President Donald Trump’s nominee for an open seat on the Supreme Court will go before the U.S. Senate for confirmation within the week. Today, both of Maryland’s senators pledged they will not vote to let him in.
Democratic Sens. Ben Cardin and Chris Van Hollen issued lengthy statements today explaining why they plan to try to keep Judge Neil Gorsuch off of the nation’s top court.
Cardin said he is “greatly troubled by Judge Gorsuch’s record,” particularly what he calls “examples of putting corporate interests before working Americans, showing hostility to agency decisions that protect our environment, disregard for women’s health [and] marginalizing students with disabilities,” among other reasons. He said he’s met with Gorsuch, a 49-year-old U.S. Appellate judge who Trump formally nominated for the open spot in early February.
Gorsuch has been criticized by Democrats for ruling in favor of corporations like Goodyear in a gender discrimination case and FBL Financial Services in an age discrimination case during his federal appellate judicial tenure.
“Despite his protestations,” a reference to Gorsuch defending his rulings at a committee hearing last week, “his record points to a jurist who has not separated his political views from his legal views,” Cardin said. “I do not believe that he would serve as an independent check on this president, who has tested the limits of the Constitution and the separation of powers in a way that no other modern president has done.”
Van Hollen, Maryland’s junior senator, said in his statement that Gorsuch “applies a cramped reading of the law and consistently sides with powerful special interests against the rights of individuals, workers, and consumers.” He accused the judge of deflecting tough questions about his reputation for siding with corporate entities over individuals when he was being grilled by his Senate colleagues last week. “When he had an opportunity during the hearings to clarify that bias, he chose instead to evade questions and answered with platitudes, not substance.”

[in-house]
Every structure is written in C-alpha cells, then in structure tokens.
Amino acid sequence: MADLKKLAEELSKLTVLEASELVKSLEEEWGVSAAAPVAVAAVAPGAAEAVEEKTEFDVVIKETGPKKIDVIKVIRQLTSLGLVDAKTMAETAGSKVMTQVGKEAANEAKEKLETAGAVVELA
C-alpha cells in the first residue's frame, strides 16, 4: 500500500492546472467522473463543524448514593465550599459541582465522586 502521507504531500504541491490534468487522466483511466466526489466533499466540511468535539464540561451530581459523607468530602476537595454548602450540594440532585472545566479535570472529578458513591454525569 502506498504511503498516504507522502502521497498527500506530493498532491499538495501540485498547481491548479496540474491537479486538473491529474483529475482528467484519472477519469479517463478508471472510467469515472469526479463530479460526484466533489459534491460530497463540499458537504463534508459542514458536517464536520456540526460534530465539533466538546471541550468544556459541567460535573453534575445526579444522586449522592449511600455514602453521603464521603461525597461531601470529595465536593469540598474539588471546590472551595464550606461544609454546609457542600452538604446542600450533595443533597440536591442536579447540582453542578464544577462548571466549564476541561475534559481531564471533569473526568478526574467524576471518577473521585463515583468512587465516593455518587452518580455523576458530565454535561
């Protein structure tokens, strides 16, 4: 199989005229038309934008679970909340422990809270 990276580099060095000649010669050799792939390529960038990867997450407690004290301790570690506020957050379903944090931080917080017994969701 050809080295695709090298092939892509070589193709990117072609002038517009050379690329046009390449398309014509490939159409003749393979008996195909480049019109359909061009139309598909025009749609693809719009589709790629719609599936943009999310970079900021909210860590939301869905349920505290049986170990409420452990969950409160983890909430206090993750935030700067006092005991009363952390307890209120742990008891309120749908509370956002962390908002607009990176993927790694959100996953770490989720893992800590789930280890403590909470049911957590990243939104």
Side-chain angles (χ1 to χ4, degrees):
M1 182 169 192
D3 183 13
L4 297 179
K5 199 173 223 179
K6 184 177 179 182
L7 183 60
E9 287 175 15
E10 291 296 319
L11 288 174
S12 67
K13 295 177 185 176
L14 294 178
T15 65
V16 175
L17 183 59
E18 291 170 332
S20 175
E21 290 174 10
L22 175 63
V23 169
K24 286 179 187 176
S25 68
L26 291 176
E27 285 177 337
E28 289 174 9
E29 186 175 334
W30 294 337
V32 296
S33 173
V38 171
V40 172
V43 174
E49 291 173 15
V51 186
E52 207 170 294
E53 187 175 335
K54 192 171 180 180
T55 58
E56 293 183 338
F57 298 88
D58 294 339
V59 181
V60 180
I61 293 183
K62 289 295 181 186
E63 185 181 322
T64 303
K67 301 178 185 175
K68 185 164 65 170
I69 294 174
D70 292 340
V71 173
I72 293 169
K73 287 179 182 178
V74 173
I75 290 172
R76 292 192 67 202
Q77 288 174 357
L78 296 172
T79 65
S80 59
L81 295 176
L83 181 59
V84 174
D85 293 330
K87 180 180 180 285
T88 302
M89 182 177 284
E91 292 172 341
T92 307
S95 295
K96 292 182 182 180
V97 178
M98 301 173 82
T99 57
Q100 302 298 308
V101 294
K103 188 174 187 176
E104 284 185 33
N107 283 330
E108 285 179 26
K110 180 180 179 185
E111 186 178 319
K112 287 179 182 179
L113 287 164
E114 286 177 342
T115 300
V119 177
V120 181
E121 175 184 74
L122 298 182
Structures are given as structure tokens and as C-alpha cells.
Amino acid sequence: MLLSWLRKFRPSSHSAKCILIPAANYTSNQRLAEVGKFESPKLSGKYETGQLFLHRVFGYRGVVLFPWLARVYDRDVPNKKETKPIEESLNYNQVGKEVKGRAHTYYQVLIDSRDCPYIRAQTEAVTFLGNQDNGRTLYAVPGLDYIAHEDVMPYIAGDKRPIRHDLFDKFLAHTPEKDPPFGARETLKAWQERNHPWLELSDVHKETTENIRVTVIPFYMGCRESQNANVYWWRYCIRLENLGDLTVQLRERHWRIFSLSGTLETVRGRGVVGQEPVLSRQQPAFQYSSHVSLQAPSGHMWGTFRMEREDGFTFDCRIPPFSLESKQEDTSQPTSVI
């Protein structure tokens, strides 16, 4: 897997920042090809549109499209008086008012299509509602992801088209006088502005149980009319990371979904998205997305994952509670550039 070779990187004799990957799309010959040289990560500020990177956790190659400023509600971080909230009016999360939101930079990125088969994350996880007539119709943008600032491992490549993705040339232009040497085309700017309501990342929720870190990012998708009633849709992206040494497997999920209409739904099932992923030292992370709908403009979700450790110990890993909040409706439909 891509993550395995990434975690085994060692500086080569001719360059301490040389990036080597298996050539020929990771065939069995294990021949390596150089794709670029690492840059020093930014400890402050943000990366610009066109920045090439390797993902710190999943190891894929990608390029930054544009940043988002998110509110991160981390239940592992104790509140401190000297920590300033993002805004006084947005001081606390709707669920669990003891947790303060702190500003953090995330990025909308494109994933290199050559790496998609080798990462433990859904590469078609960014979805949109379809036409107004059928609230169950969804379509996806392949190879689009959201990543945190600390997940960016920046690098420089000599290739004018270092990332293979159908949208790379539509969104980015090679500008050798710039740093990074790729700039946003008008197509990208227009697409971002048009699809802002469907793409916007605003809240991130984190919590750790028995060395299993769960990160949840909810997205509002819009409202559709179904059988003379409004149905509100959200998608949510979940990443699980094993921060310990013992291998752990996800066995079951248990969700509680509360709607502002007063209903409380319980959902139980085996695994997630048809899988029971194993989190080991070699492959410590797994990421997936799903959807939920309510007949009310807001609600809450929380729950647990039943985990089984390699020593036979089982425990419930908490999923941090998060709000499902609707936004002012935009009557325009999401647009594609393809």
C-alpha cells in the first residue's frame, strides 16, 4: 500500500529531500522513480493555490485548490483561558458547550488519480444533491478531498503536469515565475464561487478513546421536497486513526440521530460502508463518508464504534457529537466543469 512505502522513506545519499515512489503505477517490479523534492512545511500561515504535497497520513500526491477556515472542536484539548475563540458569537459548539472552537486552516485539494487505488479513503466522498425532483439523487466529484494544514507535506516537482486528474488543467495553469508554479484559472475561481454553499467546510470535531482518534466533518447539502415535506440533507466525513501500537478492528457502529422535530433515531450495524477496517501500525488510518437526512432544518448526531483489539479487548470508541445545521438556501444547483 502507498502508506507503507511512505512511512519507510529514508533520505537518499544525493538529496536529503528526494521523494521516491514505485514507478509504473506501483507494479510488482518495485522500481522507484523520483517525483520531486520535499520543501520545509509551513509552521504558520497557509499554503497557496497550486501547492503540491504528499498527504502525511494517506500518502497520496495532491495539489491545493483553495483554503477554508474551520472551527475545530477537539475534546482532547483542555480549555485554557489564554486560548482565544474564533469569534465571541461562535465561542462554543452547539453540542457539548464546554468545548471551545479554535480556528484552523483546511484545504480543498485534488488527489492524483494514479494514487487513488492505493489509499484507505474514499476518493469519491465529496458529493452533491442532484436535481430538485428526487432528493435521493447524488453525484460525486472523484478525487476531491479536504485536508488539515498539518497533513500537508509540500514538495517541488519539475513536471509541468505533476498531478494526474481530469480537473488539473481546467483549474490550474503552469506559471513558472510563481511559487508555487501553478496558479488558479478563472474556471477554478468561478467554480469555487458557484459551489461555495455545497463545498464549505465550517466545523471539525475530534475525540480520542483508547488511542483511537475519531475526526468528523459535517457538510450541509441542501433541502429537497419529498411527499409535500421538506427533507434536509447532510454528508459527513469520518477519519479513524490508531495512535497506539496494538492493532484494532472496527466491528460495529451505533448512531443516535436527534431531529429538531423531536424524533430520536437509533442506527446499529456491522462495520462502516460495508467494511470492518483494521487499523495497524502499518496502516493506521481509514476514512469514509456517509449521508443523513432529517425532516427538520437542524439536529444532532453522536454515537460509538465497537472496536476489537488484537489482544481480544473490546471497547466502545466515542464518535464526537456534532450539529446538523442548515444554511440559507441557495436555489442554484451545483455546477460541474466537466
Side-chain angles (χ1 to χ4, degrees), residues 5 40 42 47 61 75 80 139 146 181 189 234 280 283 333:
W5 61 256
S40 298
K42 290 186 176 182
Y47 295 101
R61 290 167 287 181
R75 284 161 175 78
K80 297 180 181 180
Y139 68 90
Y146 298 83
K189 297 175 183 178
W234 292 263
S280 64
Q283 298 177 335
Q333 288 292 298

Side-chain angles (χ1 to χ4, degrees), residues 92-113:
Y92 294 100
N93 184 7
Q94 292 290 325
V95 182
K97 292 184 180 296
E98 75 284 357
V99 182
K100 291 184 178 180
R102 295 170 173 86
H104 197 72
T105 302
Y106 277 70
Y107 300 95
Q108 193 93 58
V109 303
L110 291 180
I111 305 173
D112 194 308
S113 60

Both senators also mentioned the lingering elephant in the room: That the Republican-controlled Senate refused to vote on President Barack Obama’s nominee, U.S. Appellate Judge Merrick Garland, for roughly nine months of last year, until his nomination expired when Obama left office in January. The president had nominated Garland, considered to be a judicial centrist by most, after the surprise passing of Supreme Court Justice Antonin Scalia in February 2016.
The U.S. Senate was supposed to take a vote on Gorsuch’s confirmation last week, but Democrats predictably delayed a week. NBC reports they’re lining up to oppose Gorsuch, which is bad news for Republicans, who control 52 seats but need eight Dems to join them in confirming the conservative Supreme Court nominee.
Democrats are apparently planning to filibuster the confirmation hearing, though Republicans could vote to change the rules to prevent that from happening and force a vote next Monday.